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Thread: Popularity of Bakuhatsu jidai figures

  1. #1
    Join Date
    Mar 2002
    Philadelphia, PA
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    Default Popularity of Bakuhatsu jidai figures

    This is actually an open question, but for me, after reading Mr. Hillsborough's description of the "Ryoma Fans", it seems this phenomenon is not limited to Ryoma himself. What/why is it that there seems such an attachment to not just Ryoma, but members of the Shinsen-gumi (My sister in law loves Hijikata Toshizou--and Freddy Mercury), and other figures of that time. Is something missing from modern Japan that needs to be re-captured, perhaps?
    Daniel Madar

  2. #2
    Join Date
    Mar 2003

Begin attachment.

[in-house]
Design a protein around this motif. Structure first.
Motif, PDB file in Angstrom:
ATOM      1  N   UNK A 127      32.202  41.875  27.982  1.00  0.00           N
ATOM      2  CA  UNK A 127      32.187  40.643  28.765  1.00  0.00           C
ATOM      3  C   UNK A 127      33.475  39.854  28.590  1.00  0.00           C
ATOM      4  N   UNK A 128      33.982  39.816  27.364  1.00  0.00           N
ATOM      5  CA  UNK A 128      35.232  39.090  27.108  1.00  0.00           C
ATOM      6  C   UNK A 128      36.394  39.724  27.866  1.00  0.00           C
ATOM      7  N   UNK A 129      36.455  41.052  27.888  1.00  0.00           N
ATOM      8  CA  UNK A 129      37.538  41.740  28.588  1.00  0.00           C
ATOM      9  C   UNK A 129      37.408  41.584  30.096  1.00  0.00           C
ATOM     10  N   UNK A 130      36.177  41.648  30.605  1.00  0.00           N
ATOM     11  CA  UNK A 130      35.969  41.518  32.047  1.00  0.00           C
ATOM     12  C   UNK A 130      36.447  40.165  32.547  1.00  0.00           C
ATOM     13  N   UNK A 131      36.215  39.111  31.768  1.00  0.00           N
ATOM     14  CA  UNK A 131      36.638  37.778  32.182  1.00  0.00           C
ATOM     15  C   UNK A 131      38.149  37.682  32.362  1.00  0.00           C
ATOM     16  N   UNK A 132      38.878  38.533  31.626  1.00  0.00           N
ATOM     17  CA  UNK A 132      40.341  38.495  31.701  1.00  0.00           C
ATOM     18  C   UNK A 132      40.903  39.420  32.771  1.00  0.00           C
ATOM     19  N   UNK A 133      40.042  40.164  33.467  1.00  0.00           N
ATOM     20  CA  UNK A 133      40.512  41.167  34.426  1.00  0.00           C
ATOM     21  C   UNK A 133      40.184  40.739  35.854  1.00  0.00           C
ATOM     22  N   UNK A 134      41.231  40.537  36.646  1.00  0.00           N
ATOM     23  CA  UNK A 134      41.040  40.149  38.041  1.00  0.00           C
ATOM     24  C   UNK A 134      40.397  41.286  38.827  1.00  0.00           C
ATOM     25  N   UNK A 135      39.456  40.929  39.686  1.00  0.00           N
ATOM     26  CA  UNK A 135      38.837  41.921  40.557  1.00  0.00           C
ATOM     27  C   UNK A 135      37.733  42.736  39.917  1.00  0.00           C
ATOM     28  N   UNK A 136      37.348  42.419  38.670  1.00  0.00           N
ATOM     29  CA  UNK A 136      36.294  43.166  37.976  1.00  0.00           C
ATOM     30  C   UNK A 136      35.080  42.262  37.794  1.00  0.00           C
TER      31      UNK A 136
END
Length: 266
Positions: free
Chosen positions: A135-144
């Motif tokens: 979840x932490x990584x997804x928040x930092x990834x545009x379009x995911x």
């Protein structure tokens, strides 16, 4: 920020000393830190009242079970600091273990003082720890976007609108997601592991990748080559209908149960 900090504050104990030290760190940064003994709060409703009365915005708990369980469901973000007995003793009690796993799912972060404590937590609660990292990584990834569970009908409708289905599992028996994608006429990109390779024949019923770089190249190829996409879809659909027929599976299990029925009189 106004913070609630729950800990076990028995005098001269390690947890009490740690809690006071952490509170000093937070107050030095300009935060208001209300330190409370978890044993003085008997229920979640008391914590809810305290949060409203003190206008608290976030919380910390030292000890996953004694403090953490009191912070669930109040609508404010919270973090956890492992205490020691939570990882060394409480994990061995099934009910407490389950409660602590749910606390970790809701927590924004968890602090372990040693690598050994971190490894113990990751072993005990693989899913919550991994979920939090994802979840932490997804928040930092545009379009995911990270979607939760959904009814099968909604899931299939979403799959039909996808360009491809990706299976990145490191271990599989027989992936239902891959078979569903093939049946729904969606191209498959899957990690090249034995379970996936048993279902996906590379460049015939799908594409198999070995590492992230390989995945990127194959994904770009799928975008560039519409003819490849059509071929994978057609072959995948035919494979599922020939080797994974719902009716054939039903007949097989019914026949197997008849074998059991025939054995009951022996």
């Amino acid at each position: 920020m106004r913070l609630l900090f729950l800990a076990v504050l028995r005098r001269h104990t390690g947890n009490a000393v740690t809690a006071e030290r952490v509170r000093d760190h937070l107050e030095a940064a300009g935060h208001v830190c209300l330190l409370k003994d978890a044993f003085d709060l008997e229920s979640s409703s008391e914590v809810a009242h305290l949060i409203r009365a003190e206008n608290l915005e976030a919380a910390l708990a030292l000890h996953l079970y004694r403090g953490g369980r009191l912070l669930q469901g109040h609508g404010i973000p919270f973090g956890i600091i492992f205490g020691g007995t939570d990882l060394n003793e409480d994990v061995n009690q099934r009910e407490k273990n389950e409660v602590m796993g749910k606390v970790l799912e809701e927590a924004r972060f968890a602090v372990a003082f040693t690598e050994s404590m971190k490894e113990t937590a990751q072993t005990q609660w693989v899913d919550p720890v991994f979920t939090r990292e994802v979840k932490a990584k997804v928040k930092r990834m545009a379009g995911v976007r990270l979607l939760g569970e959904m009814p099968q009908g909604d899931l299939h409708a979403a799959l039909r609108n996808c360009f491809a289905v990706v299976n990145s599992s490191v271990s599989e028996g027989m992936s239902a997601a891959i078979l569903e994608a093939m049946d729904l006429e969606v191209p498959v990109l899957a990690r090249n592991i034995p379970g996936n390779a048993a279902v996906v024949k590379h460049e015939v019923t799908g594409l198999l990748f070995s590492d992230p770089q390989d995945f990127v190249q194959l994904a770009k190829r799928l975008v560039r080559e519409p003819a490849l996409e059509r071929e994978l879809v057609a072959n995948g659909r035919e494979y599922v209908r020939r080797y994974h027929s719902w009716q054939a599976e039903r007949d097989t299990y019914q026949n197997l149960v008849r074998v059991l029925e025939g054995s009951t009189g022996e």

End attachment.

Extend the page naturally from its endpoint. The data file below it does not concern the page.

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    Hmmm, many of the important political figure in early Meiji regime were originally from very poor samurai family who played the central role in the modern Japanese history.

    Plus, before they obtained their position in the new meiji government, they were practically outlaws hunted down by the Tokugawa Shogunate. Many of them were, in turn, assassins targeting important political figure. Because usage of guns were heavily restricted, these assasination were done by sword. Ryoma, for example, was one of the best swordman in Japan and he himself was assasinated by yet unidentified sworman. So these are the last period where martial arts were used for real as in life and death situation.
    -Youji Hajime.

    Engrish does not mine strong point

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